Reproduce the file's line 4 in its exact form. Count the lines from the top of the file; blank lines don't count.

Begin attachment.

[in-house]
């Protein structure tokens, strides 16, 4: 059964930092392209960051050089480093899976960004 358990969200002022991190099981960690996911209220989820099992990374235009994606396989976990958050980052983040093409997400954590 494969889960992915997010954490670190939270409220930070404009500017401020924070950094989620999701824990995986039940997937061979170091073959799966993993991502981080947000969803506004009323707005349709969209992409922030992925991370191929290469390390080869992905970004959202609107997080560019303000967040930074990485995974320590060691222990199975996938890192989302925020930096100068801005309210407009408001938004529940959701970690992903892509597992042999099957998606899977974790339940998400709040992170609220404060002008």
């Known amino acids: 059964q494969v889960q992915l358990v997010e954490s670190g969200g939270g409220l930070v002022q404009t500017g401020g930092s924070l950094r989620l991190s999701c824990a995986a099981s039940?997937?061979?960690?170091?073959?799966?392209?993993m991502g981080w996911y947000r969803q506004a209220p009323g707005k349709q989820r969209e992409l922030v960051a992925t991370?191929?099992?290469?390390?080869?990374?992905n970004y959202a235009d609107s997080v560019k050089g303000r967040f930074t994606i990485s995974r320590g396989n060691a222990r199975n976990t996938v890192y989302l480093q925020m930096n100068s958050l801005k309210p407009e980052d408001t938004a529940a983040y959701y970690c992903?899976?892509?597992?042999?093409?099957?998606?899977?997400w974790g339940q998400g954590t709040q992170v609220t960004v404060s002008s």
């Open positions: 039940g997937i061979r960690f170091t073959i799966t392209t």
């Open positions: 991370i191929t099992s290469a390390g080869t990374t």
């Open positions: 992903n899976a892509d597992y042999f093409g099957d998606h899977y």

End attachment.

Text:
């Open positions: 039940g997937i061979r960690f170091t073959i799966t392209t």